Hello and Welcome
We find ourselves living and working in a world which is constantly changing. Sometimes it can feel overwhelming but I think that the way to respond positively to changes in our lives is through developing our ability to learn in ways that combine the personal with the professional. If I change; everything changes! Identifying and making use of all the resources that are available to us and recognising our learning in different contexts can build the skills, qualities, experience and qualifications required to transform both our personal and professional lives..
Saturday, 18 February 2012
Currently, the educational system is one built around the needs of what was the Industrial Revolution. Is it possible for this same model to remain in place for a future which we can only guess at?
Is there going to be a return to the economic prospect of a job for everyone? Jobs which match individuals' education, skills and abilities? Are there going to be wages that permit people to live comfortably above the poverty line? Is the default position for earning a living going to remain the selling of one's labour to a company or organisation?
Or, is there going to be a shortage of these types of jobs? Might the technological revolution that is replacing people not provide enough new work? Are jobs going to be so scarce that unethical management practices start to be used more universally to abuse the work force? And amongst this depressing backdrop is there to be a return to Victorian values where poverty is seen as a result of lack of individual responsibility, laziness, fecklessness and overall lifestyle choices?
Metaphorically speaking, we seem to have an educational system which seeks to transform people into a master key that will comfortably turn in a number of ready made locks. What if these locks change beyond recognition or disappear completely? How is education to serve the best interests of all society?
I would suggest that we need to be thinking about creative career management. This would require a shift from thinking about getting a job to thinking about ways in which to earn a living. It would need to start with the gifts that the individual possesses; what they are naturally good at. These may need to be discovered and nurtured but infants' school might be a good place to start. I speak to many adults who are unable to articulate what gifts or qualities that they possess. I fear that many may have been told that they didn't have any! A creative career would also need to consider the individual's passion; what things consume their interests and activities. These are often linked to their gifts and a tell tale sign is often detected in the hobbies that people have. Finally these two things; gifts and passions would need to be aligned to a purpose - an identified need in the world. Otherwise there will not be an income stream.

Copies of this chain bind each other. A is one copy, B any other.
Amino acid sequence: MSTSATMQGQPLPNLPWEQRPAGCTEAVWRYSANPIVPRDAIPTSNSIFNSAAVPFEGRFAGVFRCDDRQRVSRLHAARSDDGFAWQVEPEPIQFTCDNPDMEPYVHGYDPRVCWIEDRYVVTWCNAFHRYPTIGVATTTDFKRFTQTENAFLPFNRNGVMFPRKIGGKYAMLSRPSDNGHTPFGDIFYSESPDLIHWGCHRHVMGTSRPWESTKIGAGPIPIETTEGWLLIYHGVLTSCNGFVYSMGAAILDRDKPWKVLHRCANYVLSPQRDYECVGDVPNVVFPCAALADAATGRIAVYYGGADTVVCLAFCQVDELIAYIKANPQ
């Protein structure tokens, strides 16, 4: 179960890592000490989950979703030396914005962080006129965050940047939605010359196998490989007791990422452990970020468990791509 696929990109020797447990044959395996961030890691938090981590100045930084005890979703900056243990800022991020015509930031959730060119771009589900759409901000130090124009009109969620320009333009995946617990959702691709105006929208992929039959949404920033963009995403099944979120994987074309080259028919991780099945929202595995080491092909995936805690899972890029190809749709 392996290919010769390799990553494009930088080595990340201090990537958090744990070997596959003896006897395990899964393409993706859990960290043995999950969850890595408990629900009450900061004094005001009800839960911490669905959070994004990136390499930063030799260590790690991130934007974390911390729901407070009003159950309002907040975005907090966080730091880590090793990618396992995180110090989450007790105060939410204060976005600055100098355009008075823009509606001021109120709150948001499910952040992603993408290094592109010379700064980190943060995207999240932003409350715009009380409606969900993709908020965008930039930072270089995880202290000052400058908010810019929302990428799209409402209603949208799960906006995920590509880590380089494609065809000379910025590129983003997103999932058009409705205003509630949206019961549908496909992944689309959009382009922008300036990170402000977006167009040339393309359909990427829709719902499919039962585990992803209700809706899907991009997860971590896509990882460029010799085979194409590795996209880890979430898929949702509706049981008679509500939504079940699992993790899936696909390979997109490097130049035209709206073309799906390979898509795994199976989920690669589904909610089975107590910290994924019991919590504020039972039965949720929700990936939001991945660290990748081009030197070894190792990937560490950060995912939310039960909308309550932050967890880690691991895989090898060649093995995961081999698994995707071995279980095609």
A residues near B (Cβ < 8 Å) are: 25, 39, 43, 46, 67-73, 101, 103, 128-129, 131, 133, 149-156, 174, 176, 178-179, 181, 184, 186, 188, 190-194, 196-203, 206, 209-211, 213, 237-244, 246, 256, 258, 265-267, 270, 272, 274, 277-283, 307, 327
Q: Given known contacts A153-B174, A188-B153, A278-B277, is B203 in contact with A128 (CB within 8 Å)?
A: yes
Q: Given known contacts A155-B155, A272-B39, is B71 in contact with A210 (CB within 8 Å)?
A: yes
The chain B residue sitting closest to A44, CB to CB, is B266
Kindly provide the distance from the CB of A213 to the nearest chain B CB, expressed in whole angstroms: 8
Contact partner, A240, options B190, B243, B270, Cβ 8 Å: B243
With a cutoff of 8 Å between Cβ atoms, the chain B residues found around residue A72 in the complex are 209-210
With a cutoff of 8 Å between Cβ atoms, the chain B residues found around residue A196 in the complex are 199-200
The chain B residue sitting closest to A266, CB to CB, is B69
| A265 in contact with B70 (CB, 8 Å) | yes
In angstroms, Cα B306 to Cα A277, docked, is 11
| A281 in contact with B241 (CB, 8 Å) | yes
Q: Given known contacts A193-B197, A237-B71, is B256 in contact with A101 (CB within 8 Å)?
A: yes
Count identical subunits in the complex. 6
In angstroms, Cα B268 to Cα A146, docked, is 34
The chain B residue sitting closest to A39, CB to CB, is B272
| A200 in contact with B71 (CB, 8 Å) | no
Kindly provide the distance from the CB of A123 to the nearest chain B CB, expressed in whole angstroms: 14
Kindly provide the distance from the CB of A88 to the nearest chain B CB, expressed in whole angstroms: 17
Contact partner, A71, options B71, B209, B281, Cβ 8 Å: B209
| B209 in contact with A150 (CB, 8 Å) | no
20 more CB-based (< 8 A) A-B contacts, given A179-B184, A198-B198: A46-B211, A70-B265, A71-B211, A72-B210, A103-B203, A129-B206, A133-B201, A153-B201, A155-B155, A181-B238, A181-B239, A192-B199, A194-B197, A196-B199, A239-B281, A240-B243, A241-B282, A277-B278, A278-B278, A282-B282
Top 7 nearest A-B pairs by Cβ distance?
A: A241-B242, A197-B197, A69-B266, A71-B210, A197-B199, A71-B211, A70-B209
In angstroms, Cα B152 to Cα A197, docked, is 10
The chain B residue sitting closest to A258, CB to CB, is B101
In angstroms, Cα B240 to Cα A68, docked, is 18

So, by comparison to educating people to meet what employers say they want, as if they are a monolithic block of demands, educating for a creative career is much more difficult and demanding. Equally, what people really want, when they have the freedom to really choose may not meet the expectations of the status quo. "Systemic change cannot occur without a shift in the ruling paradigm of the day, no matter how well it is defended by the stalwarts whose lives - and above all livelihoods - are so often protected by it" (Nick Jankel 2012 http://bit.ly/xQqz7f ) Maybe a person centred education which focused on what individuals required to lead a life worth living might encourage people to become more interested in politics because the personal, as I discovered many moons ago, is political.
A creative career supports entrepreneurialism which as discussed by Tim Faley in the FT last week http://on.ft.com/wingf0 requires more than what is currently being taught in HE institutions. As it stands entrepreneurial education is incomplete. A business should not start with the business but with the individual and his or her capabilities. Using the metaphor of the Titanic he suggests that what is important in innovation lies below the water line. In my experience peoples' gifts and passions often remain well below the water line.
Perhaps a good start to creative career management would be to support and guide individuals in developing their own personal brand rather than building a standard resume that aligns to employer demands?